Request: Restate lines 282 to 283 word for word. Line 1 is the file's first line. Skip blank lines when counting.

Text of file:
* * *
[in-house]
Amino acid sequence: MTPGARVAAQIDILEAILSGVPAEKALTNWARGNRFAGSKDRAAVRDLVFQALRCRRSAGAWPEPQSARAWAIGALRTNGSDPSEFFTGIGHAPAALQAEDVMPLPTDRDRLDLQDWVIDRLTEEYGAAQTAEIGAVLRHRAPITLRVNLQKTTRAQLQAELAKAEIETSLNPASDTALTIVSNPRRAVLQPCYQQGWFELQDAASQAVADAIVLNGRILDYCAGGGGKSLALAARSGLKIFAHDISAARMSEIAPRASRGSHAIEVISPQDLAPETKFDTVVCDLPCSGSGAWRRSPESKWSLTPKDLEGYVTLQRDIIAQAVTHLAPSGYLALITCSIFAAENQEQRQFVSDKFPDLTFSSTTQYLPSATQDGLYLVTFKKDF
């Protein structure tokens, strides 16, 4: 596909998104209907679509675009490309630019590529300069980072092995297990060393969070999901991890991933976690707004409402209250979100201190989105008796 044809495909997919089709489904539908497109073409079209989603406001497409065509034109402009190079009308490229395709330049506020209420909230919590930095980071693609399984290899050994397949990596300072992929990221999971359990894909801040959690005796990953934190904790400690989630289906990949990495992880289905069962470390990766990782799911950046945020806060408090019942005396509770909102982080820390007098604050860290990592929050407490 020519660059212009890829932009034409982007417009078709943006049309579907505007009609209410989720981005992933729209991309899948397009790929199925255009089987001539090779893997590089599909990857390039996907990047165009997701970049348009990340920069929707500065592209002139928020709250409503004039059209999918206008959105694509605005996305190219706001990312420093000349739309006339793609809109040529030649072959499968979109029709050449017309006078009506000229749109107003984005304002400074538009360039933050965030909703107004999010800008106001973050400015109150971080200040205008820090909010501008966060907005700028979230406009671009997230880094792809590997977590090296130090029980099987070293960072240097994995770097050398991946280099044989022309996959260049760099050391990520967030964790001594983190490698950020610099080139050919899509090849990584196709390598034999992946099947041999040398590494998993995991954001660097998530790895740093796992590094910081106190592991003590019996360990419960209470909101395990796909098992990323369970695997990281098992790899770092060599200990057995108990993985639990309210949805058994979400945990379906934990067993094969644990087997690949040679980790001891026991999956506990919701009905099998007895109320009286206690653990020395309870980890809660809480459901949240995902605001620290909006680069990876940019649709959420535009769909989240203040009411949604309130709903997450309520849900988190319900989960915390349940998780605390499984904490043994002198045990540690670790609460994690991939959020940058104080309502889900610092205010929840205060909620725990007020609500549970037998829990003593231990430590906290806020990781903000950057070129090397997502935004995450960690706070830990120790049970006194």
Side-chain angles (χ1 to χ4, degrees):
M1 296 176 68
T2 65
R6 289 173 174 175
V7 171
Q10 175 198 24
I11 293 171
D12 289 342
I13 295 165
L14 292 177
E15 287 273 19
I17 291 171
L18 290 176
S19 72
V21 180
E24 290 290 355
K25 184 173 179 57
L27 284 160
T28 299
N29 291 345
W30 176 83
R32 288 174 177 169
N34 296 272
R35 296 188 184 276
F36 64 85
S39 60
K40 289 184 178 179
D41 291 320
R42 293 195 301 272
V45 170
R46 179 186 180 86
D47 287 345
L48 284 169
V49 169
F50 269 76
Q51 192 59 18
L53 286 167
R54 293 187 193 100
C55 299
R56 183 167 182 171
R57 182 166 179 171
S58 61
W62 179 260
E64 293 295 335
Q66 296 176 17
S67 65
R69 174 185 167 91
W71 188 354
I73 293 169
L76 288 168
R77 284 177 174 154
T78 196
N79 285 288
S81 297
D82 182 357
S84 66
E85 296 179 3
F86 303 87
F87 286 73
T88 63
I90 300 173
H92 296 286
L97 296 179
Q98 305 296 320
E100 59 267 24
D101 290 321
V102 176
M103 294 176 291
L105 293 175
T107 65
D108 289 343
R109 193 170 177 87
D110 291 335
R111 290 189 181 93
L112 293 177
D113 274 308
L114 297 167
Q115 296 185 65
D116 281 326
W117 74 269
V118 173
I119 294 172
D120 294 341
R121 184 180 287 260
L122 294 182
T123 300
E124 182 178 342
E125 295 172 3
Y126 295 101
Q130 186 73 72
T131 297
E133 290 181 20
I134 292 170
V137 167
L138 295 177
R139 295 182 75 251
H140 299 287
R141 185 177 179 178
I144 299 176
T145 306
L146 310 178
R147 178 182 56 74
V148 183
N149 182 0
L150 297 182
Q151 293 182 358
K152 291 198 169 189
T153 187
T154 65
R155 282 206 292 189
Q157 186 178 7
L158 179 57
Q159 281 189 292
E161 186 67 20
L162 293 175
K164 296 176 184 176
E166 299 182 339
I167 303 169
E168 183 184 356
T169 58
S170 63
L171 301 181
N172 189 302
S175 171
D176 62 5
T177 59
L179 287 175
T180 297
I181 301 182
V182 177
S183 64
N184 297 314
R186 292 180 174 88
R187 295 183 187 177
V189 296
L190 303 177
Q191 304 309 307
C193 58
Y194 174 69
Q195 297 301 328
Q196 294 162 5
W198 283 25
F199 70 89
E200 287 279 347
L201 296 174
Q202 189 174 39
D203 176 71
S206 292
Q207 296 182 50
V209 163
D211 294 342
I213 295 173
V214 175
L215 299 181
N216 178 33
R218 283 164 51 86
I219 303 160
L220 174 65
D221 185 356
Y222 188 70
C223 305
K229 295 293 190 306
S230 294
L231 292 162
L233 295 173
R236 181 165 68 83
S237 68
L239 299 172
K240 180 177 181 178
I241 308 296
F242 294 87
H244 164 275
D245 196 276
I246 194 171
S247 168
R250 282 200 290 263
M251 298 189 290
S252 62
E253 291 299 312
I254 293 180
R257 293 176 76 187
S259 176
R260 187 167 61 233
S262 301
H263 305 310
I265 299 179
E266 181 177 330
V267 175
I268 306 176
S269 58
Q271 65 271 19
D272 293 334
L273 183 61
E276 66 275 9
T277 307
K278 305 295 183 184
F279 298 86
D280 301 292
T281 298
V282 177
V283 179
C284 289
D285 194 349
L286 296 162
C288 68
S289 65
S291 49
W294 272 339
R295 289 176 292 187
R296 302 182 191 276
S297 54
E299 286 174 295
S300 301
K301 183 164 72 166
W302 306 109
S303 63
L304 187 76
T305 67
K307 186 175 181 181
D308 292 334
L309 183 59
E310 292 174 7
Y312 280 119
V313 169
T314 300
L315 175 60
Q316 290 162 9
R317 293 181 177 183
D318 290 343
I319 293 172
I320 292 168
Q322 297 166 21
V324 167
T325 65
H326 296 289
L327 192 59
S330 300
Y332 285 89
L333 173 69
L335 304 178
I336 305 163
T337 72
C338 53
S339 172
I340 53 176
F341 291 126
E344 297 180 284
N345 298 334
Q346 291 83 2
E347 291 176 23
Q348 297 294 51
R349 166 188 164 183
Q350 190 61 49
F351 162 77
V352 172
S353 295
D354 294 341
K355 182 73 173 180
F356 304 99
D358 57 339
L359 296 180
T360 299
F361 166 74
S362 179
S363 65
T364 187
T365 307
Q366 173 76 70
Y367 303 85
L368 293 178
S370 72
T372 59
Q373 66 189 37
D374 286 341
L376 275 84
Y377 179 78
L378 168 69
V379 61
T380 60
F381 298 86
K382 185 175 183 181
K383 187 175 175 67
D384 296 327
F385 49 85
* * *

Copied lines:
T380 60
F381 298 86